“The Harp of the Holy Spirit”

Icon of Ephraim of SyriaHey, how come I’ve never heard of this guy before?

St. Ephraim the Syrian, or Ephraim of Edessa, was mentioned by Congar as an important Eastern theologian who was known as “the Harp of the Holy Spirit.” He lived in Edessa, an important city not far from Antioch, during the fourth century, and was in attendance at the Council of Nicaea. He wrote and preached but was especially well known for composing hymns that defended the orthodox faith of Nicaea, as a counter to the competing heretical sects. A contemporary reports that he rehearsed all-female choirs to sing his hymns.

He was declared a Doctor of the Church in 1920. Over 400 of his hymns survive, and some are still used in the Orthodox church. Wikipedia says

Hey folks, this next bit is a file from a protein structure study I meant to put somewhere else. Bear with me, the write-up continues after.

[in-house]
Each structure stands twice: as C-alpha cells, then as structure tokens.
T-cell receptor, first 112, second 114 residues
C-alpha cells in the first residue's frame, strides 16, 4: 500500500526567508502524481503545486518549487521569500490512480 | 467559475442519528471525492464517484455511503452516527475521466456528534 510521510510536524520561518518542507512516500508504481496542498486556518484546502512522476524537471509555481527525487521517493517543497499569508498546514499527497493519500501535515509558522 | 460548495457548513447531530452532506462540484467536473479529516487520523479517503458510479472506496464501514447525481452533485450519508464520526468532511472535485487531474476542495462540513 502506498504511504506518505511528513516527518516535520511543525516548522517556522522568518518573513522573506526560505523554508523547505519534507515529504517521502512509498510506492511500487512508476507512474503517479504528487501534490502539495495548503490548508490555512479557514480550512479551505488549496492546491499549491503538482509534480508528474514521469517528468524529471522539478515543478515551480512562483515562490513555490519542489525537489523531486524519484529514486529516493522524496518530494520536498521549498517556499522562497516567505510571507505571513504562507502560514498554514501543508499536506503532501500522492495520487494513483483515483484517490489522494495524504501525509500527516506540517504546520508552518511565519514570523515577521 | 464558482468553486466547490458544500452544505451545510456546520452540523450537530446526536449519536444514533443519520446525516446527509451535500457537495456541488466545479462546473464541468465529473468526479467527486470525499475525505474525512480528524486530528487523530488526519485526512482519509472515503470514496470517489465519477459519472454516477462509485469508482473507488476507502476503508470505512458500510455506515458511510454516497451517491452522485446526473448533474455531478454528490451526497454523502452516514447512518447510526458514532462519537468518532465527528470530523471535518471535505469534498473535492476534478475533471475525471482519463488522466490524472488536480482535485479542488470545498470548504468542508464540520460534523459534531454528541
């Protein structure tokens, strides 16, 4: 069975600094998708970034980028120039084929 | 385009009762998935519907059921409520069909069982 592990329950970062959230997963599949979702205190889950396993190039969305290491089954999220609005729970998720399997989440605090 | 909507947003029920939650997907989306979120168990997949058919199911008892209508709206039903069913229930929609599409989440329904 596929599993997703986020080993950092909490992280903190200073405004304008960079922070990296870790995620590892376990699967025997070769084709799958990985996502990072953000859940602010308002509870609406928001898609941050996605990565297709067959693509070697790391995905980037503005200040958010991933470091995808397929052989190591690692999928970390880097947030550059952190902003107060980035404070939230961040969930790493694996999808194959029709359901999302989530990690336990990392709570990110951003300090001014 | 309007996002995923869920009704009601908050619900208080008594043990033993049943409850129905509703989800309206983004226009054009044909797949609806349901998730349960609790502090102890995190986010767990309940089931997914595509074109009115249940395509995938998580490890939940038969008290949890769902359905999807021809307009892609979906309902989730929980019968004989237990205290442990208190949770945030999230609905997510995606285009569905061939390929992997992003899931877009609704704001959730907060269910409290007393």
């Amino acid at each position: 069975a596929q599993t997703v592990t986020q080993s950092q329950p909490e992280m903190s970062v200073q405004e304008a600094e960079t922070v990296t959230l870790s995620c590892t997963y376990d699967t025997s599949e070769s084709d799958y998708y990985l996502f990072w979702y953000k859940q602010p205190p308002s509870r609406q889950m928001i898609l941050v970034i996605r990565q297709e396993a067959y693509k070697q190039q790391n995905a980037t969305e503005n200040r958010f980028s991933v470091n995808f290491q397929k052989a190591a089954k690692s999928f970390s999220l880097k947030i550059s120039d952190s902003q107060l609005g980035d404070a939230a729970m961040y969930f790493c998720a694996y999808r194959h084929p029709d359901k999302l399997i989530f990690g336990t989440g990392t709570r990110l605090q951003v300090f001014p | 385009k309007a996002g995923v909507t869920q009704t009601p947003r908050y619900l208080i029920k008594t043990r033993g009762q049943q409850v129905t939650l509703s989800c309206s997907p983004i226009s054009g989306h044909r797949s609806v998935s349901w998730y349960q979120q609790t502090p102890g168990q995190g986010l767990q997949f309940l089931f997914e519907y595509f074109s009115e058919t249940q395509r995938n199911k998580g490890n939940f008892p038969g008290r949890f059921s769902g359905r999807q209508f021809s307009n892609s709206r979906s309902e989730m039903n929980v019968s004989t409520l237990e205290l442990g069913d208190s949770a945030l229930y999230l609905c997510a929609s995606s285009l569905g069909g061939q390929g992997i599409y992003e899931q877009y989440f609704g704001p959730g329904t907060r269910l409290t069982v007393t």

Ephrem combines in his writing a threefold heritage: he draws on the models and methods of early Rabbinic Judaism, he engages skillfully with Greek science and philosophy, and he delights in the Mesopotamian/Persian tradition of mystery symbolism.

“Harp of the Holy Spirit” – what a wonderful title! Something to aspire to.

St. Ephraim, pray for us!

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4 Responses to “The Harp of the Holy Spirit”

  1. Pingback: A Church Musician’s Litany of Saints | Gaudete Theology

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  4. Pingback: Lent Madness: Vote for Ephraim! | Gaudete Theology

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